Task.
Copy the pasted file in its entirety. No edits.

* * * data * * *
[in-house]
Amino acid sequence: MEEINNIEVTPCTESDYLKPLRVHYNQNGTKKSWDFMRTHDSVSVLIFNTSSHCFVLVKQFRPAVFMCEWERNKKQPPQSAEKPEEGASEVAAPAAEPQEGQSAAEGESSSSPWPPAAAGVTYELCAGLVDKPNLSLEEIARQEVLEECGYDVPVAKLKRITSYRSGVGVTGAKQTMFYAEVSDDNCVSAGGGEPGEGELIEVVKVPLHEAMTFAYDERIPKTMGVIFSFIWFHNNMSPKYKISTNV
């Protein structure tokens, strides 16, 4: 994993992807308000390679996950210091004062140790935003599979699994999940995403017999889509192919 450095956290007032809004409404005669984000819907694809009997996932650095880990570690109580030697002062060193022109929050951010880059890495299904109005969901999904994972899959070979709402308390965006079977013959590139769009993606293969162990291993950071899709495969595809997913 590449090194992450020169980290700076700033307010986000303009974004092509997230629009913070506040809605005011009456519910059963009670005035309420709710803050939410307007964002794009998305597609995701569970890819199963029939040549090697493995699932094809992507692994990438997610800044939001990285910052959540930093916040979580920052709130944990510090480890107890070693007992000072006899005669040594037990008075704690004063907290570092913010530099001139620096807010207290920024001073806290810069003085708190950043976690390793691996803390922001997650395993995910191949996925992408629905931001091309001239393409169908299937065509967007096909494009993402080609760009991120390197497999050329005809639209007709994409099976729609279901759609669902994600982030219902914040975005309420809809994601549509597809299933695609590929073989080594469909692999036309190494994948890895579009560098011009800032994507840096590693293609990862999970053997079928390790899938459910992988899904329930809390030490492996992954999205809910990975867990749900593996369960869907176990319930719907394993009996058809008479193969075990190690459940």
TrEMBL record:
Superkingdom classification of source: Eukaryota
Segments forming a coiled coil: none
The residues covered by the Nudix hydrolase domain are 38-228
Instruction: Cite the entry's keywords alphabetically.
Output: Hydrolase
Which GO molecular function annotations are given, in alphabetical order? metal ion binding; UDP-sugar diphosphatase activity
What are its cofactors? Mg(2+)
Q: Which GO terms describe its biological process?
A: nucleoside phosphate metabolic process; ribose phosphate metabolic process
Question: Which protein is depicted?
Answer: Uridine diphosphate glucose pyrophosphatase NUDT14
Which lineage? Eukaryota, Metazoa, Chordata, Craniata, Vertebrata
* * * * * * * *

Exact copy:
[in-house]
Amino acid sequence: MEEINNIEVTPCTESDYLKPLRVHYNQNGTKKSWDFMRTHDSVSVLIFNTSSHCFVLVKQFRPAVFMCEWERNKKQPPQSAEKPEEGASEVAAPAAEPQEGQSAAEGESSSSPWPPAAAGVTYELCAGLVDKPNLSLEEIARQEVLEECGYDVPVAKLKRITSYRSGVGVTGAKQTMFYAEVSDDNCVSAGGGEPGEGELIEVVKVPLHEAMTFAYDERIPKTMGVIFSFIWFHNNMSPKYKISTNV
């Protein structure tokens, strides 16, 4: 994993992807308000390679996950210091004062140790935003599979699994999940995403017999889509192919 450095956290007032809004409404005669984000819907694809009997996932650095880990570690109580030697002062060193022109929050951010880059890495299904109005969901999904994972899959070979709402308390965006079977013959590139769009993606293969162990291993950071899709495969595809997913 590449090194992450020169980290700076700033307010986000303009974004092509997230629009913070506040809605005011009456519910059963009670005035309420709710803050939410307007964002794009998305597609995701569970890819199963029939040549090697493995699932094809992507692994990438997610800044939001990285910052959540930093916040979580920052709130944990510090480890107890070693007992000072006899005669040594037990008075704690004063907290570092913010530099001139620096807010207290920024001073806290810069003085708190950043976690390793691996803390922001997650395993995910191949996925992408629905931001091309001239393409169908299937065509967007096909494009993402080609760009991120390197497999050329005809639209007709994409099976729609279901759609669902994600982030219902914040975005309420809809994601549509597809299933695609590929073989080594469909692999036309190494994948890895579009560098011009800032994507840096590693293609990862999970053997079928390790899938459910992988899904329930809390030490492996992954999205809910990975867990749900593996369960869907176990319930719907394993009996058809008479193969075990190690459940």
TrEMBL record:
Superkingdom classification of source: Eukaryota
Segments forming a coiled coil: none
The residues covered by the Nudix hydrolase domain are 38-228
Instruction: Cite the entry's keywords alphabetically.
Output: Hydrolase
Which GO molecular function annotations are given, in alphabetical order? metal ion binding; UDP-sugar diphosphatase activity
What are its cofactors? Mg(2+)
Q: Which GO terms describe its biological process?
A: nucleoside phosphate metabolic process; ribose phosphate metabolic process
Question: Which protein is depicted?
Answer: Uridine diphosphate glucose pyrophosphatase NUDT14
Which lineage? Eukaryota, Metazoa, Chordata, Craniata, Vertebrata